From the energy's point of view, most of the energy injected by the player compensates the thermal and viscous losses to the wall inside the cylindrical bore, while only a fractional part of energy is radiated via bell and open holes and heard by listeners. Mouthpiece-Reed System The reed serves as a spring-like oscillator. It converts steady input air flow (DC) into acoustically vibrated air flow (AC). However, it is more than a single-way converter because it also interacts with the resonance of the air column in the instrument, i.e.: initially, increasing the blowing pressure results in more air flowing into the clarinet bore. but too much difference of the blowing pressure and the mouthpiece pressure will close the aperture between the reed and the mouthpiece and finally result in zero air flow. This behavior is roughly depicted in Figure 1:

Figure 1: Mouthpiece-Reed system diagram

12 How is sound created on the clarinet? To produce sound on the clarinet, you blow air into the mouthpiece, forming an airtight embouchure position with your mouth around the mouthpiece. The pressure of the air coming out of your lungs will force the reed, attached to the mouthpiece to vibrate. This vibration produces sound waves. The combination of the reed, mouthpiece, and a players embouchure creates a sound generator. The body of the instrument also plays a part in the production of sound. The sound waves created by the sound generator resonate inside the cylindrical tube which is the body of the clarinet. Thus, the combination of the sound generator and the body of the instrument produce sound on the clarinet. Knowing that the longer the length of the air column the lower the pitch, why does the clarinet have a lower range than other woodwind instrument of the same length? Compared to other instruments that have about the same body length, the clarinet is able to produce sounds an octave lower. This is possible because the clarinets body is a cylindrical bore (nearly identical size from top to bottom). The reed end of the instrument is closed (or stopped), whereas the bottom end is open. In pipes of similar shape the lowest possible frequency of sound vibration has a wavelength four times the length of the given pipe. What are the harmonics created on the clarinet on a given fundamental note? What adjustments have to be made when going up in register in order to make the pitches accurate? The vibrating air in a stopped cylindrical pipe produces sound enriched by odd harmonics and has almost no even ones. This peculiarity is one of the characteristics of the lowest chalumeau register of the clarinet timbre. The higher the register of clarinet, the more even partials start to appear in clarinet sound. Those new pitches are based most exclusively on odd harmonics of fundamental register, but the shape of mouthpiece, bell flare, open and covered tone-holes produce deviations from the a perfect cylindrical pipe. All these factors make the higher pitches sound lower. At the same time, the higher the register the closer together become pitches in harmonic series. Thus, many alternative fingerings are available for a particular note in a high register. What is end correction and what impact does it have on the construction of the clarinet? The higher the frequency of the wave, the more energy it carries and the further distance it travels after passing the highest open tone-hole on the body of the clarinet. This distance is called open-hole end correction, or just end correction. This phenomenon flattens the higher register of the clarinet if no adjustment within the shape of the clarinet bore is done.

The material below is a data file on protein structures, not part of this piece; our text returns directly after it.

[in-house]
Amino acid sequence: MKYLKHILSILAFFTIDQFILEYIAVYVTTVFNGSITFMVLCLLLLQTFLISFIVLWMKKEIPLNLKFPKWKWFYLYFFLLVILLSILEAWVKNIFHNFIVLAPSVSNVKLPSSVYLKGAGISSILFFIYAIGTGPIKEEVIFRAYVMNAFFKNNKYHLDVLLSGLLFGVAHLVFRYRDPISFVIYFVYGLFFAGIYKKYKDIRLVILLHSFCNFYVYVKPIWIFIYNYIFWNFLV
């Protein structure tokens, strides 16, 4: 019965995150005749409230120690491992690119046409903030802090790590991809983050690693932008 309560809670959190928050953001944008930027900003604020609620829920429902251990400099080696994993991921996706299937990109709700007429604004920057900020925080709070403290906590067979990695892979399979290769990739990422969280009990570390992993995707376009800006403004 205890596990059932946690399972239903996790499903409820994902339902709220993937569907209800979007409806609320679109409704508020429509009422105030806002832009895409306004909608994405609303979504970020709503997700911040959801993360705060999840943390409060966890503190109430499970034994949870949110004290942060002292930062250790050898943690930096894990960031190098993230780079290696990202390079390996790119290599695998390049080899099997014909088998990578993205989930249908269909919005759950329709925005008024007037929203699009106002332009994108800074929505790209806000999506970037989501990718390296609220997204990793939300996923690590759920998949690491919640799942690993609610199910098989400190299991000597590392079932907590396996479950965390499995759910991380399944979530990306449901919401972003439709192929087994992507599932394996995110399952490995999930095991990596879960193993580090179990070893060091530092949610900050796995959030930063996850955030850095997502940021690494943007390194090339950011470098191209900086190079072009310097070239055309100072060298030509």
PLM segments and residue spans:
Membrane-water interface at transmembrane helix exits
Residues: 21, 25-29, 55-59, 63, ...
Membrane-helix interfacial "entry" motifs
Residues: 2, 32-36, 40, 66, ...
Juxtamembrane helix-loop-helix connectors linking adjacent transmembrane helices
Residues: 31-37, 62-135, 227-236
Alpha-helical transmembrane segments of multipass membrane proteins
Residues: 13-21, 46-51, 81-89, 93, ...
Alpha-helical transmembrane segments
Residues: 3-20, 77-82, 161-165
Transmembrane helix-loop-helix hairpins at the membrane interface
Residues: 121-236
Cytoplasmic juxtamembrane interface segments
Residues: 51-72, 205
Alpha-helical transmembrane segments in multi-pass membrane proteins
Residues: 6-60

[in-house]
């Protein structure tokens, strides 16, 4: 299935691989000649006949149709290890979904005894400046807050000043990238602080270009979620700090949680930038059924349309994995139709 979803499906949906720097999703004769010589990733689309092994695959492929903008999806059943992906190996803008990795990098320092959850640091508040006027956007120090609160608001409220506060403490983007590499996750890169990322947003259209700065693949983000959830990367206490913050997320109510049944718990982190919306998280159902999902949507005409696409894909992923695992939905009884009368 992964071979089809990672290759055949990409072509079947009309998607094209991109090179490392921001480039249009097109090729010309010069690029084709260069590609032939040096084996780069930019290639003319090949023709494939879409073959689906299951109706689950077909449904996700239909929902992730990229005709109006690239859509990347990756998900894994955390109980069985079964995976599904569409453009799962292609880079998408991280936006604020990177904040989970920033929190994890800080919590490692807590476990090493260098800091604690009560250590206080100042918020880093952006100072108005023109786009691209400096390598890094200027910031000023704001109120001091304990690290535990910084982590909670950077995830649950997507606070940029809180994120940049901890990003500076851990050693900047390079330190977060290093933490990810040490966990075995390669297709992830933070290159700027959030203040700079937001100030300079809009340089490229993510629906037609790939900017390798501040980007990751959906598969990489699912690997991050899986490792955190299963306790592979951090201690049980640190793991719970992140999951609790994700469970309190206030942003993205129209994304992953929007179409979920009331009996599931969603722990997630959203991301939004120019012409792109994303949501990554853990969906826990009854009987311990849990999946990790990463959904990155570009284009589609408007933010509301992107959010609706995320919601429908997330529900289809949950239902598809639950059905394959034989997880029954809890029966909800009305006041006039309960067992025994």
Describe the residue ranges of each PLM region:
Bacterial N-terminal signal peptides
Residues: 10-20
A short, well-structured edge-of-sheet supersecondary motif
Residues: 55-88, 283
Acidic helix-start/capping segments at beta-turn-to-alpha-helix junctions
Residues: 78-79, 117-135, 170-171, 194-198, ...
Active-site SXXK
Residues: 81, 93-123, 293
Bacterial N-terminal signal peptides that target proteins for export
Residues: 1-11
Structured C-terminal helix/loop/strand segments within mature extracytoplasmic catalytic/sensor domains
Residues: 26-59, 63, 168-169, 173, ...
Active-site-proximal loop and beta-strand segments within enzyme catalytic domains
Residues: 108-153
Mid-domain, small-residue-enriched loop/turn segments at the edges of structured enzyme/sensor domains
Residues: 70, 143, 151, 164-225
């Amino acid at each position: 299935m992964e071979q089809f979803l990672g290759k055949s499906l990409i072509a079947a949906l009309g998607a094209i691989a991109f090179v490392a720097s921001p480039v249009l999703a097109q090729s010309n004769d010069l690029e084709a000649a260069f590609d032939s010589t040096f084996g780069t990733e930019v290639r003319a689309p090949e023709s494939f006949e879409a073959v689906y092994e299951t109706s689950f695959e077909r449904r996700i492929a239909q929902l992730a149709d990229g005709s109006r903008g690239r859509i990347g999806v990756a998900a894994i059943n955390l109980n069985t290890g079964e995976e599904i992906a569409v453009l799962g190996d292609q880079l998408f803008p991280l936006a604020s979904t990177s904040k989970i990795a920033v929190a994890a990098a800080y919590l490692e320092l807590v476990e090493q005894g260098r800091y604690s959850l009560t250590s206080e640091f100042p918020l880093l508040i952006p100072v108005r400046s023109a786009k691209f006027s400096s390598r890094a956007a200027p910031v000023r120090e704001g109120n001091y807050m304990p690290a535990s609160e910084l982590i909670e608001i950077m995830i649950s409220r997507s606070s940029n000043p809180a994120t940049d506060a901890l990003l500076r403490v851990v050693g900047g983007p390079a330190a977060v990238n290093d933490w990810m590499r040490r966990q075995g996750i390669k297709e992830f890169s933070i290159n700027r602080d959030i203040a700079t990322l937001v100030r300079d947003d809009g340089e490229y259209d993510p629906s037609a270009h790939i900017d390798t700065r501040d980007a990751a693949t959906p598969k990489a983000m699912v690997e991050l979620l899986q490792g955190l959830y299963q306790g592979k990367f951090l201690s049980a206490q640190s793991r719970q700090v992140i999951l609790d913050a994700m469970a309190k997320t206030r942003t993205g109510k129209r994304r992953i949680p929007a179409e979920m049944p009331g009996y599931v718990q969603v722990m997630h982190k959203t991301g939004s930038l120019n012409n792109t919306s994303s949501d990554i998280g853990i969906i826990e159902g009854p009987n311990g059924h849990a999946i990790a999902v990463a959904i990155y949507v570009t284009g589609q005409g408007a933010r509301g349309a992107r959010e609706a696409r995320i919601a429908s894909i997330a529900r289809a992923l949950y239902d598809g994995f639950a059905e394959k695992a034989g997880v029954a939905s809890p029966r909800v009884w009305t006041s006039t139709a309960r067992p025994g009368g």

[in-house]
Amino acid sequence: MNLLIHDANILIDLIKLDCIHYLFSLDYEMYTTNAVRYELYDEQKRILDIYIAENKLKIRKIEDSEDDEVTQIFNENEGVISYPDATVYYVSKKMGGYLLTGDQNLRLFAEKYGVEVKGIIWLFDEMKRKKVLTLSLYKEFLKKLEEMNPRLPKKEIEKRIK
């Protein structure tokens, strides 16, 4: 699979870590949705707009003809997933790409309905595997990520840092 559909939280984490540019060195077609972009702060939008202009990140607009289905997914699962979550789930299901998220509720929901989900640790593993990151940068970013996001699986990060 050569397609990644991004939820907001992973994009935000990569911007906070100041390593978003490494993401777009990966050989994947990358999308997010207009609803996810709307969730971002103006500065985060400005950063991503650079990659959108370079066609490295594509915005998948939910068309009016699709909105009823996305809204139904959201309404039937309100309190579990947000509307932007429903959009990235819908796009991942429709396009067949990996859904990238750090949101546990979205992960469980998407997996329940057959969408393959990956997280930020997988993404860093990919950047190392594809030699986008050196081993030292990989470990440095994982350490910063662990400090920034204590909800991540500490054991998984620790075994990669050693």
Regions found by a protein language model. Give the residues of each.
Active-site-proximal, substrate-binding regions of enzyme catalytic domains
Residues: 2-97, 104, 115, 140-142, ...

13 Describe the dual function and compromise in the placement of the register key. To act as a perfect register breaker, the speaker key should have a smaller hole and be placed higher on the tube of the clarinet. To provide a perfect B-flat pitch, the speaker key should have a bigger diameter of its hole and be placed lower on the clarinet. In this case the resonance column would be longer, and the sound would have more partials. The S-K Mechanism was patented in 1952 by William Stubbins and Frank Kaspar. This invention allowed for the separation of the function of the key by providing an additional hole underneath the register key for a B-flat pitch, operated by left-hand thumb ring. What are the four factors in the correct positioning of the tone holes? 1. Convenience for performer to operate. 2. Breaking the tube in correct lengths. 3. Tonal quality, balance, and resistance in sound. 4. Correct placement to achieve exact pitches. What area(s) of the clarinet typically produce wider 12ths? The lower joint, particularly in the bottom part. The upper top part of the upper joint. Describe two physical adjustments to the clarinet to lower the pitch of a particular note. Explain how this accomplished. Lowering a pad by adding a cork to a lever. Applying a small amount of tape inside the hole. Describe two physical adjustments to the clarinet to raise the pitch. Explain how this accomplished. Raising the pad. Undercutting or sharpening a tone hole with a fine round file.

14 Construction

The construction of a clarinet (Oehler system) Raw Materials Most modern clarinet bodies are made out of African blackwood (Dalbergia melanoxylon). There are actually many different trees in the African blackwood genus, such as black cocus, Mozambique ebony, grenadilla, and East African ebony. It is this heavy, dark wood that gives clarinets their characteristic color. Inexpensive clarinets designed for students may be made out of artificial resins. Very occasionally, clarinets are manufactured out of silver or brass. The clarinet mouthpiece is made out of a kind of hard rubber called ebonite. The keys are usually made out of an alloy called German silver. This is made from copper, zinc, and nickel. It looks like pure silver, but does not tarnish. Some fine instruments may be made with pure silver keys, and expensive models are available with gold-plated keys. The key pads require cardboard and felt or leather. The reed is made from cane. Other materials used in the clarinet are cork and wax, for lining the joints, and a metal such as silver or a cheaper alloy for the ligature, the screw clip that holds the reed in place, and stainless steel for the spring mechanisms that work the keys.